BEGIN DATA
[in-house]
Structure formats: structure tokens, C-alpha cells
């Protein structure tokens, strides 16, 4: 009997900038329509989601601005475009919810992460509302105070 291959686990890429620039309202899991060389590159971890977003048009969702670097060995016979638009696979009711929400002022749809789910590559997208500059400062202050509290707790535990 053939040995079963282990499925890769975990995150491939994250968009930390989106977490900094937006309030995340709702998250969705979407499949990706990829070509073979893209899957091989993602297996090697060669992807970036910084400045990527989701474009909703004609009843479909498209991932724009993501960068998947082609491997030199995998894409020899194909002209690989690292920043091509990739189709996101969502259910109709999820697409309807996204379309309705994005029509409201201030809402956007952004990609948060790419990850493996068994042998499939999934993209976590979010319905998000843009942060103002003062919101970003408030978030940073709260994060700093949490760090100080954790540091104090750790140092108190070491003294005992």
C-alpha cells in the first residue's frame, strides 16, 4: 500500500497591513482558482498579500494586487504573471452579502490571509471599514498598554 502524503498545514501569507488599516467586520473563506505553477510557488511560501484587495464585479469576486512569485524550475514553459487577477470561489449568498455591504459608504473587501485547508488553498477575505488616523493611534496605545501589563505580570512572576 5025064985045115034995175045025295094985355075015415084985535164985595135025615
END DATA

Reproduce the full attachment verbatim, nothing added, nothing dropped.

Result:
[in-house]
Structure formats: structure tokens, C-alpha cells
């Protein structure tokens, strides 16, 4: 009997900038329509989601601005475009919810992460509302105070 291959686990890429620039309202899991060389590159971890977003048009969702670097060995016979638009696979009711929400002022749809789910590559997208500059400062202050509290707790535990 053939040995079963282990499925890769975990995150491939994250968009930390989106977490900094937006309030995340709702998250969705979407499949990706990829070509073979893209899957091989993602297996090697060669992807970036910084400045990527989701474009909703004609009843479909498209991932724009993501960068998947082609491997030199995998894409020899194909002209690989690292920043091509990739189709996101969502259910109709999820697409309807996204379309309705994005029509409201201030809402956007952004990609948060790419990850493996068994042998499939999934993209976590979010319905998000843009942060103002003062919101970003408030978030940073709260994060700093949490760090100080954790540091104090750790140092108190070491003294005992």
C-alpha cells in the first residue's frame, strides 16, 4: 500500500497591513482558482498579500494586487504573471452579502490571509471599514498598554 502524503498545514501569507488599516467586520473563506505553477510557488511560501484587495464585479469576486512569485524550475514553459487577477470561489449568498455591504459608504473587501485547508488553498477575505488616523493611534496605545501589563505580570512572576 5025064985045115034995175045025295094985355075015415084985535164985595135025615